HC upholds legality of govt orders on grant of proprietary etc over state land preceding Roshni Act
Srinagar: The J&K High Court on Tuesday upheld the legality of government orders and schemes on grant of proprietary or freehold rights over state land prior to coming into effect of Roshni Act which was abrogated by it last year.
Justices Ali Mohammad Magrey and Vinod Chatterji Koul while hearing a bunch of petitions on the matter said “government cannot deny the grant of proprietary or freehold rights on any arbitrary, unreasonable and illegal basis.”
The bench rejected the official argument that all the pending cases of applicants under any pre-existing scheme or government order stands automatically rejected upon coming into force of the Roshni Act or Rules.
Referring to the Act and the scrapping decision of the division bench passed on 9th October, 2020, the bench today made it clear that “the Act and its abrogation does not extinguish or destroy the rights of any (such) applicant if such rights had accrued under any such pre-existing Scheme/Government Order.”
The court said the government cannot take shelter under the division bench’s 9th October verdict.
It cannot “argue that lessees/petitioners under a pre-existing Scheme/Government Order, who had been granted freehold rights would now stand deprived of their proprietary or freehold rights, notwithstanding the fact that such lessees/petitioners were not beneficiaries of any rebates, discounts and concessions under the Roshni Act/Rules at all,” said the court.
It said “in any event, since the Roshni Act/Rules having already been declared are null and void by a coordinate Division Bench of this Court by its decision dated 9th October, 2020 in PIL No. 19/2011, the Respondents cannot take shelter under the Roshni Act/Rules to advance such an argument”.
The court after analyzing the decision of the coordinate bench came to the conclusion that it applies to beneficiaries of rebates, discounts and concessions under the specific scheme envisaged by the Roshni Act/Rules.
“It does not apply to the 1973 Government Order or the 1976 Government Order. It also does not apply to those successful lessees/petitioners in whose favor earlier judgments had been delivered by this Court enforcing their rights under any pre-existing Scheme/Government Order that existed before the enactment of the Roshni Act/Roshni Rules, more so, if such judgments had attained finality and had even been implemented,” said the court.
“We find that argument completely unacceptable, more so, when the subject matter of the controversy before the Division Bench in PIL No.19/2011 had nothing to do with any such pre-existing Scheme/Government Order,” the judges said and held that such cases cannot be clubbed with the cases of beneficiaries under the Roshni Act and Rules.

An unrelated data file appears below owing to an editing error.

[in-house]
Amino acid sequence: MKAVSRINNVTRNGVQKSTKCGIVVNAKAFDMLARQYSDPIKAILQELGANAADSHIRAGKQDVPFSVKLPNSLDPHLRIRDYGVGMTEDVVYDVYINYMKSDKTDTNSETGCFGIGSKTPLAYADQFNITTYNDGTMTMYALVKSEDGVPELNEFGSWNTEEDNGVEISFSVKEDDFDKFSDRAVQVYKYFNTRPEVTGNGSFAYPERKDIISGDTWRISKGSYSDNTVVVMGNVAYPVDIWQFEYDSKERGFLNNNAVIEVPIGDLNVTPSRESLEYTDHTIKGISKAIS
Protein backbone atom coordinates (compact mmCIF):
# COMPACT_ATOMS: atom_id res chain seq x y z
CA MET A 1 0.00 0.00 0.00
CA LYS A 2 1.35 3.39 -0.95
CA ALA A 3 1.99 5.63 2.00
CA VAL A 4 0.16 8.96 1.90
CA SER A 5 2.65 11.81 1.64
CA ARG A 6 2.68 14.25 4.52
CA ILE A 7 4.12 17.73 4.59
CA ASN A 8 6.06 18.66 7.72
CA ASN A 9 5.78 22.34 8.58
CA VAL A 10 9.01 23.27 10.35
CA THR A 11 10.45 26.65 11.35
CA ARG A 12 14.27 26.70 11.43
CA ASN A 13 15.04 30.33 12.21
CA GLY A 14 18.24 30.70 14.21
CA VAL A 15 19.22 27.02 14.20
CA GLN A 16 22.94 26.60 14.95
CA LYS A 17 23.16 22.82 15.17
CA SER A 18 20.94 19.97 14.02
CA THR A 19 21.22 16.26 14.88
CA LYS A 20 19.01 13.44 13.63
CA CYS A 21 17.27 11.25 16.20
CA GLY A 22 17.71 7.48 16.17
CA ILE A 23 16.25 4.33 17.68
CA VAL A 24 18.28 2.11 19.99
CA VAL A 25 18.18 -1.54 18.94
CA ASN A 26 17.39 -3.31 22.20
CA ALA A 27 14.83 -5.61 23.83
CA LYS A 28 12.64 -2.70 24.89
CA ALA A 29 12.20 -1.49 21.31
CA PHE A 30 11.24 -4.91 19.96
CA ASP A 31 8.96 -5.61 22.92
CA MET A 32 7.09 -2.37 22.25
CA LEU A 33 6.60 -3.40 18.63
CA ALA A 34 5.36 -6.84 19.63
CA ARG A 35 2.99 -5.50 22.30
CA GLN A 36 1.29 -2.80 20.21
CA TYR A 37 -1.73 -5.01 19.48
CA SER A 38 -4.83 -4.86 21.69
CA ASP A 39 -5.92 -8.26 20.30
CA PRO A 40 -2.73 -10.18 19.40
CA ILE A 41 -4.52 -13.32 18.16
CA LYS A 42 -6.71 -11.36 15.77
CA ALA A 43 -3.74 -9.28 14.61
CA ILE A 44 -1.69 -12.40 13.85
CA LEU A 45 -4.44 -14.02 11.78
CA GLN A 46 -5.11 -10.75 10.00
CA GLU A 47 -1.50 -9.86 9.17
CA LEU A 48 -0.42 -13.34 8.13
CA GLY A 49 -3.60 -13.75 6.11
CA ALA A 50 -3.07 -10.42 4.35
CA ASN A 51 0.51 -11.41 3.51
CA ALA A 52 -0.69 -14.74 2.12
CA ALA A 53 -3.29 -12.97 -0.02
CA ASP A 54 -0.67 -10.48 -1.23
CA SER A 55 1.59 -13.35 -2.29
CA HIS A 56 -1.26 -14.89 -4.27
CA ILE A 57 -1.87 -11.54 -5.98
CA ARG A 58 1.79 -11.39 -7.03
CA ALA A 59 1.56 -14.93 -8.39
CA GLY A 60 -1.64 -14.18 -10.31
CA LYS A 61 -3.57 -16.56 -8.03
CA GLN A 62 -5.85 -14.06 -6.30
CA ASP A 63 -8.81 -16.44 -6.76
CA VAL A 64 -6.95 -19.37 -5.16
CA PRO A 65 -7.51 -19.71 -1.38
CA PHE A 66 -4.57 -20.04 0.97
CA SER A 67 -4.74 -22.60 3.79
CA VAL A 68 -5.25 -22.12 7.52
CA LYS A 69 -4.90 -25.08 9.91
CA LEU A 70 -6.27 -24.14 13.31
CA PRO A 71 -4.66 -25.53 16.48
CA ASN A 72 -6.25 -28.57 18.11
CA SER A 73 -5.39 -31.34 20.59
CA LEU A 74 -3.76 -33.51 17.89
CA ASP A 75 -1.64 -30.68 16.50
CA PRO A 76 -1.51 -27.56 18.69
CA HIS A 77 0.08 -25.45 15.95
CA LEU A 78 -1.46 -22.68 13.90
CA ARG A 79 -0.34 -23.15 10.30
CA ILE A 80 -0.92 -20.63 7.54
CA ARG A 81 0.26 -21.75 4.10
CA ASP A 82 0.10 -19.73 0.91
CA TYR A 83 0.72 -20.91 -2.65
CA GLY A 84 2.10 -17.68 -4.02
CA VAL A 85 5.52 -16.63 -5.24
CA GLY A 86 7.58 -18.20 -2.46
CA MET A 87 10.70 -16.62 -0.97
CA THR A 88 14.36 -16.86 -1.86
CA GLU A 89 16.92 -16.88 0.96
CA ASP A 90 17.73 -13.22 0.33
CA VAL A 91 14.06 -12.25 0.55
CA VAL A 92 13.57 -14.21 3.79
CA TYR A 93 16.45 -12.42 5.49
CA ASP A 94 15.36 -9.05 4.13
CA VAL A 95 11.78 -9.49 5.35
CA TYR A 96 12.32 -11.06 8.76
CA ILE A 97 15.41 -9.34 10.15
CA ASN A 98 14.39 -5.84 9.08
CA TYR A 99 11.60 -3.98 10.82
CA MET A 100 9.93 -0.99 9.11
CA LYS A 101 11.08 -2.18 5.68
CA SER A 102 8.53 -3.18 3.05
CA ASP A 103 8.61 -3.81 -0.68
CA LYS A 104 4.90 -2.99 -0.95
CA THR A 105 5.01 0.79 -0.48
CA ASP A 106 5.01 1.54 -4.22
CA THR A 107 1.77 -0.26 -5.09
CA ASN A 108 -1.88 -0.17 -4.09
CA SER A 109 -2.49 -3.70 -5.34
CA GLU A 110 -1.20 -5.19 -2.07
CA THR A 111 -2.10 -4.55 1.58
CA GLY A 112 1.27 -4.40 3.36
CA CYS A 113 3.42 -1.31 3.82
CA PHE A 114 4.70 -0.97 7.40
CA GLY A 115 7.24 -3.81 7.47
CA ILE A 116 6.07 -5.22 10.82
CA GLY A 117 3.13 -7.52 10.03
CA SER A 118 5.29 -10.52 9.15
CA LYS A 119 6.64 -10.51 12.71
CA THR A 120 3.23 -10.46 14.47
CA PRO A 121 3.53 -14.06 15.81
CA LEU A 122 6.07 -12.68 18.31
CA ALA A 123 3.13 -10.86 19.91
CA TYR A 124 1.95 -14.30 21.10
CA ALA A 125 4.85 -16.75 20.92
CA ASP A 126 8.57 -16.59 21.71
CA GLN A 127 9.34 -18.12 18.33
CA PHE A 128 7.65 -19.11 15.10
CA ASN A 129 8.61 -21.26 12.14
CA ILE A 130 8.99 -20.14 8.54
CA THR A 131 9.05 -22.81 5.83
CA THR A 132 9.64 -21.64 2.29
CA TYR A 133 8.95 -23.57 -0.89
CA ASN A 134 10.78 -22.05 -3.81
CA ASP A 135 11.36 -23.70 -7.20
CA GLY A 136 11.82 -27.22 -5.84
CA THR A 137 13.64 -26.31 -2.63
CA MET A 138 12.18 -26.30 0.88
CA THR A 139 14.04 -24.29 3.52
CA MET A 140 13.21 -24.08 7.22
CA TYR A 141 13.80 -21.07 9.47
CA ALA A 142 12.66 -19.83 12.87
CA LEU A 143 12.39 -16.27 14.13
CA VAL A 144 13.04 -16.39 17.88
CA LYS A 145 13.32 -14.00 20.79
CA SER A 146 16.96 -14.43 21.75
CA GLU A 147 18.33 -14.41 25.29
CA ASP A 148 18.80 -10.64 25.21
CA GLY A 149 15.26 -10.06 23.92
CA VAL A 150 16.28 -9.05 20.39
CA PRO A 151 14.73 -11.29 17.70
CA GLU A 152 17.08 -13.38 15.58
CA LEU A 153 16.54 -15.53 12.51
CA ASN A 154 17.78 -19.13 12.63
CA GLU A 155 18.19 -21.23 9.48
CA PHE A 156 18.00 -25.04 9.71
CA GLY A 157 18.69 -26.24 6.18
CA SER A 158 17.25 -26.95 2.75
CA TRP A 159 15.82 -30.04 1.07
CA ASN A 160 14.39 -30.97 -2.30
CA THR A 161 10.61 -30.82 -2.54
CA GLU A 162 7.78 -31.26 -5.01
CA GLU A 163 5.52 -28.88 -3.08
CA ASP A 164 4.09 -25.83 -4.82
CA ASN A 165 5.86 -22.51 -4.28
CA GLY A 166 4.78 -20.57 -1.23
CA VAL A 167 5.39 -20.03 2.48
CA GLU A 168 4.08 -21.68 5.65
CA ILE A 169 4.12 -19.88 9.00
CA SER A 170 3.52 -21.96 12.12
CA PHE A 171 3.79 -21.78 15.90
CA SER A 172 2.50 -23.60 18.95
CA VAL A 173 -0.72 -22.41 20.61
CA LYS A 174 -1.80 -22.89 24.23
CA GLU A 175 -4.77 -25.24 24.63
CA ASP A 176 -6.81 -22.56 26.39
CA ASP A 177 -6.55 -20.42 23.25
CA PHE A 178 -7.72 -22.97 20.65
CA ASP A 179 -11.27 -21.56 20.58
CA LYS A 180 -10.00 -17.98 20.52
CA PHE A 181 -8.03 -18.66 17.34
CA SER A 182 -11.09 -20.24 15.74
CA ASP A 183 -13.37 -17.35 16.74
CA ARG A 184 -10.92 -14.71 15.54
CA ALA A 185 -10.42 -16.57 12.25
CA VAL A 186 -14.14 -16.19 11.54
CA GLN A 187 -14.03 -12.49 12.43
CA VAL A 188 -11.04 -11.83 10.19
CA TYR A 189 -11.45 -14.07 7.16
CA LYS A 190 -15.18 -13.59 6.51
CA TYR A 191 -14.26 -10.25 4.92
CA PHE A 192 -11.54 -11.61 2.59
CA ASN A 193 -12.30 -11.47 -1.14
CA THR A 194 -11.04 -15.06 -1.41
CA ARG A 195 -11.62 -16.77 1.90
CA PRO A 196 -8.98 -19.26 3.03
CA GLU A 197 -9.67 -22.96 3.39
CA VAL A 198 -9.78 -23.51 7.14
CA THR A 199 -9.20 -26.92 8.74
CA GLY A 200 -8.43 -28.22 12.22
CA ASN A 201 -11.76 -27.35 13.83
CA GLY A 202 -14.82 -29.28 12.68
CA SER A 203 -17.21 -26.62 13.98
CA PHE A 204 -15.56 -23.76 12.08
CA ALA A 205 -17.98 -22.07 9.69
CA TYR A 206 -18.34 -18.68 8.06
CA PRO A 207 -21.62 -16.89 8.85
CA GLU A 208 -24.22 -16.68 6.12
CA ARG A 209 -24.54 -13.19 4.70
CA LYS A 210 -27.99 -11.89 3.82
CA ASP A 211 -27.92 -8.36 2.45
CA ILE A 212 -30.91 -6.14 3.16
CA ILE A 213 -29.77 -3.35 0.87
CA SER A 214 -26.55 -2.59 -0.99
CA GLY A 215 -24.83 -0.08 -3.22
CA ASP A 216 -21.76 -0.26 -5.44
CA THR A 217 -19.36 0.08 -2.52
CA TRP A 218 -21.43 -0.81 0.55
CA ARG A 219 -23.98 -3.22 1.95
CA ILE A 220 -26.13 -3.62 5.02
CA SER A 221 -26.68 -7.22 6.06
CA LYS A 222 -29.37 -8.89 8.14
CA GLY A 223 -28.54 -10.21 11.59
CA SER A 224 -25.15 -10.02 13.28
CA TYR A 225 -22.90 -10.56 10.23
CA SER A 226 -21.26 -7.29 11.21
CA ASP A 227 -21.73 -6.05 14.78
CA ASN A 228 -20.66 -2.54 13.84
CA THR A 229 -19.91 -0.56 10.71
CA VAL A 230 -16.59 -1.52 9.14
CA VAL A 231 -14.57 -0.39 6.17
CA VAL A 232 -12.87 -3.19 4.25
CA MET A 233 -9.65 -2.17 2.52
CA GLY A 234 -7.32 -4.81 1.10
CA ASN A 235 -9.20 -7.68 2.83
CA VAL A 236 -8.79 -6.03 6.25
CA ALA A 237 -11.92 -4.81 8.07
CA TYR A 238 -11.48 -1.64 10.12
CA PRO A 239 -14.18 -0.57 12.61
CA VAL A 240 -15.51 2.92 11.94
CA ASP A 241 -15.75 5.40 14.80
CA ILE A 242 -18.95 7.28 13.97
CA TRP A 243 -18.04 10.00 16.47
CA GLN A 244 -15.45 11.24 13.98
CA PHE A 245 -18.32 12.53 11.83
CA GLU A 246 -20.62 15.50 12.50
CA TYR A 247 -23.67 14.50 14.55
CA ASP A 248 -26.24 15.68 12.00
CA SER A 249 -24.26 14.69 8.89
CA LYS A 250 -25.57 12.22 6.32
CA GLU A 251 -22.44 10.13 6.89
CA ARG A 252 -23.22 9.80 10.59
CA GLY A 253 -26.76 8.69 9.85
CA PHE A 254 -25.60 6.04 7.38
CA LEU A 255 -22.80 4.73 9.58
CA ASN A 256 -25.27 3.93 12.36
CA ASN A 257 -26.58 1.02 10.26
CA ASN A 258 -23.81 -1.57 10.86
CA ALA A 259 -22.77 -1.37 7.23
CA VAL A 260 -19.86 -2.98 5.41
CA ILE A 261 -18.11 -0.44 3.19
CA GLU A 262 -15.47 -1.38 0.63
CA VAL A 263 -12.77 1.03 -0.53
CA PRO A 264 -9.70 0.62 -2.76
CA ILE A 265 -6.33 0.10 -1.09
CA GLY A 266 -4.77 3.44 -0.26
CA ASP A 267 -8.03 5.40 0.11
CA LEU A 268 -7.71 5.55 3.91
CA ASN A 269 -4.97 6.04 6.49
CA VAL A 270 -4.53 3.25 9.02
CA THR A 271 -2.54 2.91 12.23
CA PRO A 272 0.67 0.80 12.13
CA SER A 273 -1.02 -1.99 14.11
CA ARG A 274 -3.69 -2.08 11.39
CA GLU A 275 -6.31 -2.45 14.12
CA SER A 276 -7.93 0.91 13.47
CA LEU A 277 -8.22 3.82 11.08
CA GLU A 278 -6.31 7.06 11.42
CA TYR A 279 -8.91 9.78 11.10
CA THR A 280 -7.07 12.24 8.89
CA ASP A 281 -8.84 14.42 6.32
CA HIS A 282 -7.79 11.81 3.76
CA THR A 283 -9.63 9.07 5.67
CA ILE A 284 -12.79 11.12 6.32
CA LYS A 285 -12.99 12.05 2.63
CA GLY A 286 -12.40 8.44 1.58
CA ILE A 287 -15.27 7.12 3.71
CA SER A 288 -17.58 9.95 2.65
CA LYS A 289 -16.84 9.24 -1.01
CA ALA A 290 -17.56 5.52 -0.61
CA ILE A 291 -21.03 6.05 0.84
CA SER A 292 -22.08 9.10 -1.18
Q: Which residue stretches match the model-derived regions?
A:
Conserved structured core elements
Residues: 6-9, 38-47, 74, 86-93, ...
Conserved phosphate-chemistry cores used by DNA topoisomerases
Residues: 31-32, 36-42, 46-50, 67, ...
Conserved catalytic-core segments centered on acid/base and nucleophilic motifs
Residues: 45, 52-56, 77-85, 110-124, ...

They issued some directions besides saying that in cases where the application for grant of proprietary/freehold rights has been made during the subsistence of any scheme or government order, prior to Roshni Act/Rules, and such application have duly been recommended by the concerning authorities, the government cannot deny the grant of proprietary/freehold rights to the applicants under the scheme or government order on any arbitrary, unreasonable and illegal basis.
“In such cases, the applicant cannot be made to suffer because of the delay, default or omission on the part of the Respondents (officials),” the court said.
It added that in such cases where the process has further culminated in a decision by the government to grant proprietary/freehold rights to the applicants, but the decision was not implemented by government functionaries on some inexplicable, illegal, arbitrary and legally unsustainable basis, such applicants’ case would be on a much higher footing.
In any event, the court said, its earlier judgments, upholding the rights of any lessees/petitioners accrued under any such pre-existing scheme/government order regarding grant of proprietary/freehold rights which have attained finality and have been duly implemented, remain binding and their implementation cannot be undone based on the decision of the Division Bench of the court on 9th October, 2020.
“The procedural formalities followed for the implementation of such judgments by the Respondents (officials) do not impact the binding and conclusive nature of such judgments in favor of such lessees/petitioners,” the court said, adding, “Such concluded cases cannot be reopened.”
The judgment followed a plea from amongst the petitioners, which said that almost 50 years ago, he (pleader) migrated from Anantnag to Srinagar in connection with his livelihood and started residing on a piece of waste land, which belonged to the state, measuring 06 Marlas and 15 sfts at Narsingh Garh, Gogjibagh, Srinagar.
He said that he constructed a house to reside on the piece of land, which belonged to the Nazool Department. In 1973, pursuant to Cabinet Decision (No. 38 dated 28th of January, 1973), the government issued Order (No. Rev (NDJ) 461 of 1973 dated 28th of January, 1973), framing scheme/policy for transferring proprietary rights over encroached Nazool lands in favor of the occupants.
Pursuant to a Cabinet decision of 1976, the government issued an order whereby it was ordered that in modification of the earlier government order of 1973, encroachments on patches of Nazool land below 10 Marlas shall be regularized by way of transfer of proprietary/freehold rights on the basis of payment of price, at market rate, along with penalty for such encroachment at the rate of 25 percent of the price of the land.
Rashid Paul is Associate Editor at Kashmir Images.
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